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Generating Terroir Revival in the Negev

Updated: Nov 23, 2023

What can contemporary viticulturists in arid areas learn from their rich past?

Slated for publication in a special edition of the Journal of Arid Environments, the article

vineyards and wineries in the Negev desert of southern Israel

focuses on how contemporary vineyards and wineries in the Negev desert of southern Israel can benefit from a better understanding of the longstanding history of grape growing and wine-making traditions from this region. As the Negev climate has remained fairly constant in the last several thousand years, this stable habitat offers an apt location to compare the horticultural approaches employed by historical and modern grape farmers.

Based on a mixture of past and present data assembled through a combination of bioarcheology and ethnographic research methodologies, the article discusses certain gaps in attitude and practice that emerged between historical and contemporary Negev viticulturists. To overcome the impact caused by current climate pressures, the article posits that, like their forebearers, current-day viticulturists must forge a sustainable rapport with their local terroir. Applying knowledge derived from our POC project, the article explores ways for bridging these gaps through the revival of arid-adapted grapevine cultivars with rich varietal lineages that possessed substantial commercial value in antiquity. ​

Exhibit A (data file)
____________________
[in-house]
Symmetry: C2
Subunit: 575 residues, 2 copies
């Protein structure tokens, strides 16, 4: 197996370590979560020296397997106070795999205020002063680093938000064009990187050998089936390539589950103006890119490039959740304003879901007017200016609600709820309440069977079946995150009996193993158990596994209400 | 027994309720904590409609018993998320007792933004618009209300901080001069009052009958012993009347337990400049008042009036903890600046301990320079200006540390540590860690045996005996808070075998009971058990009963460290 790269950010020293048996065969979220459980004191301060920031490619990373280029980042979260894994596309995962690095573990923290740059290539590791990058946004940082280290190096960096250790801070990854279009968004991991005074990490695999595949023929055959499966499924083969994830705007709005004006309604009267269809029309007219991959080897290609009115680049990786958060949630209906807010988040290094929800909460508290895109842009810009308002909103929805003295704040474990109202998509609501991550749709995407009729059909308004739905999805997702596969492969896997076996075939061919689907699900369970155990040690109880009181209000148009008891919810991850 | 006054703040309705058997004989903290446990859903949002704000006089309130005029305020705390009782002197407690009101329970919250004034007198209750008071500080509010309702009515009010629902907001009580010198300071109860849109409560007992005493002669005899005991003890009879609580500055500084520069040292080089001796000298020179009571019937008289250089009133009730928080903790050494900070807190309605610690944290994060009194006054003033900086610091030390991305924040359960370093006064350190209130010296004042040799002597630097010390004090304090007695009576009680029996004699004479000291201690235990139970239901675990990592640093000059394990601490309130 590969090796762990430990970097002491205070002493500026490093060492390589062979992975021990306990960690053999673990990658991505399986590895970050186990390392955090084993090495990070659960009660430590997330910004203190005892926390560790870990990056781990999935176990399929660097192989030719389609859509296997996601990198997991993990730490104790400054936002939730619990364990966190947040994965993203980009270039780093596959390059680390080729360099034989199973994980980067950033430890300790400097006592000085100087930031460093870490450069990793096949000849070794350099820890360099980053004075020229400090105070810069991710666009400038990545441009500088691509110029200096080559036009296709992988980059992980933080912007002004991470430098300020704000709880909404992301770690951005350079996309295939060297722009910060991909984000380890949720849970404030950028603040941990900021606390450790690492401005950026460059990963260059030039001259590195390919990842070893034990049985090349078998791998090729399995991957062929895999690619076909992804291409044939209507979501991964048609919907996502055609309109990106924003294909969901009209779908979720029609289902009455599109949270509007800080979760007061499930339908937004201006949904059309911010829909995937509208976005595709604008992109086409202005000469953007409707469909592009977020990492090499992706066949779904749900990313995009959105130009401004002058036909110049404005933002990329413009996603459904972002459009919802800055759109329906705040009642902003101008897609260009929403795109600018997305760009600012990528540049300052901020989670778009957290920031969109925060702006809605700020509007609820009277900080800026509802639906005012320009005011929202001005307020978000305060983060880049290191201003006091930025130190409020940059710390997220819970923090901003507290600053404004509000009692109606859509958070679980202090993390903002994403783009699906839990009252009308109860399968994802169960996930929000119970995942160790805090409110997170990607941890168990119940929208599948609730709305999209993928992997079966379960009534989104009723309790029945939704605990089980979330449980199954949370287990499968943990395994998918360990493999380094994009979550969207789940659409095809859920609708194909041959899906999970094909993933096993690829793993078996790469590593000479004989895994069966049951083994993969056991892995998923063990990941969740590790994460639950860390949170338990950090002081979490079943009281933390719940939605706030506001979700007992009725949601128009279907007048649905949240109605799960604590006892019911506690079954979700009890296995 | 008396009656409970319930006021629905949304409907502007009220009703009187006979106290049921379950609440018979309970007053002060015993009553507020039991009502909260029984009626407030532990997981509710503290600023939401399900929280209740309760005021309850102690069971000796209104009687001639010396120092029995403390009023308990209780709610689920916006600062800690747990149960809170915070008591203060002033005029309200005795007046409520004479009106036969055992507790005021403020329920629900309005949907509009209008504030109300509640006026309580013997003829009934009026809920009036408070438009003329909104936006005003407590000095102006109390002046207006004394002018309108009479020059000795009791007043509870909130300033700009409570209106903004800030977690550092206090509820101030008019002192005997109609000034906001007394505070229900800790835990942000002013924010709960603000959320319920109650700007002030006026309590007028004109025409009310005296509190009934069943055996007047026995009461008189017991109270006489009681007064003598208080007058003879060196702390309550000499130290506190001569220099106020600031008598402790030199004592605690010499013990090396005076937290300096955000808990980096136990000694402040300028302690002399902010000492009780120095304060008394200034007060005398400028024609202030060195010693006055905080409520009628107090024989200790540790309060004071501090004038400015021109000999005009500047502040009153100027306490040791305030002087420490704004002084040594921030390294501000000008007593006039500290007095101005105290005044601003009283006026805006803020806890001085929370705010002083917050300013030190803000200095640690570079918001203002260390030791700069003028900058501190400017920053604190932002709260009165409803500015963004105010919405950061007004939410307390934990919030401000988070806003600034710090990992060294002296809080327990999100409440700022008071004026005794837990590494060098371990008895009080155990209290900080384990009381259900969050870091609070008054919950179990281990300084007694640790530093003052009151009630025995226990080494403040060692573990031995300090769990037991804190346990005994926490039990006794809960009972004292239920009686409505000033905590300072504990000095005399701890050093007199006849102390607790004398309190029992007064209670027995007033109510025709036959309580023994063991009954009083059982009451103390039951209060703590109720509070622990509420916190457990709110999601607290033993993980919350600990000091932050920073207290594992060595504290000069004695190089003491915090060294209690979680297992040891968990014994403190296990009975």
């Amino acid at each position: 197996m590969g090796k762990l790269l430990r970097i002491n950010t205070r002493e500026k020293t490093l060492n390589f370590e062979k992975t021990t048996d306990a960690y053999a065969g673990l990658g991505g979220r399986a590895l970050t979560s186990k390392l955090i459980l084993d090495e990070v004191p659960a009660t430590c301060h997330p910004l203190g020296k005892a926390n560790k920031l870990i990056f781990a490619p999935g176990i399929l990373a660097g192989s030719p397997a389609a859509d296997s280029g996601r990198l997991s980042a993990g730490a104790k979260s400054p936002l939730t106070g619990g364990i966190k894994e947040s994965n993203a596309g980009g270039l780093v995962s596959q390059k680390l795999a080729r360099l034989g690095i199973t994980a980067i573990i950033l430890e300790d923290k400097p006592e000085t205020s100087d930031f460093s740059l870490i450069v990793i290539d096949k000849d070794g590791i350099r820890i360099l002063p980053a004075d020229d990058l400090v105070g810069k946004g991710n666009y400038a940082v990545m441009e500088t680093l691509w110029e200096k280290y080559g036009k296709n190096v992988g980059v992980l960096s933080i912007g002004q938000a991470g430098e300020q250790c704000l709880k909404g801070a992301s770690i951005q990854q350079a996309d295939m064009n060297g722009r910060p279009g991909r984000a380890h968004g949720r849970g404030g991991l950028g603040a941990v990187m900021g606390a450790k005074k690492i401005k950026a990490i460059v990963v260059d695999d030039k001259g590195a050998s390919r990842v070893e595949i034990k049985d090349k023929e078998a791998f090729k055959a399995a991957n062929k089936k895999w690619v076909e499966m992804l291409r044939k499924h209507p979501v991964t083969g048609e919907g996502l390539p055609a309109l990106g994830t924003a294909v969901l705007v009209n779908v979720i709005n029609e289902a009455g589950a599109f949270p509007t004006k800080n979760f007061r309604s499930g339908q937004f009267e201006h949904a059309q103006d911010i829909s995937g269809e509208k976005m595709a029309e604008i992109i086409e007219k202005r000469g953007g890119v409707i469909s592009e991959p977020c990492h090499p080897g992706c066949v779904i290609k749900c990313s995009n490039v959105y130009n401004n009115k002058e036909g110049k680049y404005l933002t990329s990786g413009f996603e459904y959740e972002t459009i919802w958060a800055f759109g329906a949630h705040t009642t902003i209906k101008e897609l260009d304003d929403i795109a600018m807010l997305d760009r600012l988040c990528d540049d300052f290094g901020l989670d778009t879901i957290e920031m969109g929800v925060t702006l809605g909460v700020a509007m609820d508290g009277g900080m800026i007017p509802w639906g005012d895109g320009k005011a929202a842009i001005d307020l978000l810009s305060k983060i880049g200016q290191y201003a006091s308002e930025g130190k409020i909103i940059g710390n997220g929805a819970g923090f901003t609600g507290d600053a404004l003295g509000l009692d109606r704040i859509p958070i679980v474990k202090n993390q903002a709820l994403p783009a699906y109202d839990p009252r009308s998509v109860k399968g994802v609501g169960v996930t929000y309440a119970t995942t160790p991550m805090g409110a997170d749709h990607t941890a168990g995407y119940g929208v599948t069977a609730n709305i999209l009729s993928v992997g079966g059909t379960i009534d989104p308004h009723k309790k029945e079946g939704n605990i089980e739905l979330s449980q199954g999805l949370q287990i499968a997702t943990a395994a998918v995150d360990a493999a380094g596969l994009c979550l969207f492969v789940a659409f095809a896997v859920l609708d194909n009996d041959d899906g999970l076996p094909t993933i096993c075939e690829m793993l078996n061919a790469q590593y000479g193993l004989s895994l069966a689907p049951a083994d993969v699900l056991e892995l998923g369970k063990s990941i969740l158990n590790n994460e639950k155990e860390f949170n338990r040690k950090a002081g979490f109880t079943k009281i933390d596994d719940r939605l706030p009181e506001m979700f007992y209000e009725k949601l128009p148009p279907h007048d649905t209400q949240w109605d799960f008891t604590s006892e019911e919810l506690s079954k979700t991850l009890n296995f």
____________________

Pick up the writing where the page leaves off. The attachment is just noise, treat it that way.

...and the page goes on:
Ancient DNA analysis of winegrape seeds reveals genetic link between two modern varieties of red and white grapes and grape varieties cultivated some 1,100 years ago (PNAS, 120:17, 2023)
grapevine pips

Recent excavations of Late Antiquity settlements in the Negev Highlands of southern Israel uncovered a society that established commercial-scale viticulture in an arid environment. We applied target-enriched genome-wide sequencing and radiocarbon dating to examine grapevine pips that were excavated at three of these sites. Our analyses revealed centuries long and continuous grape cultivation in the Southern Levant.

The genetically diverse pips also provided clues to ancient cultivation strategies aimed at improving agricultural productivity and ensuring food security. Applying genomic prediction analysis, a pip dated to the eighth century CE was determined to likely be from a white grape, to date the oldest to be identified. In a kinship analysis, another pip was found to be descendant from a modern Greek cultivar and was thus linked with several popular historic wines that were once traded across the Byzantine Empire. These findings shed light on historical Byzantine trading networks and on the genetic contribution of Levantine varieties to the classic Aegean landscape.



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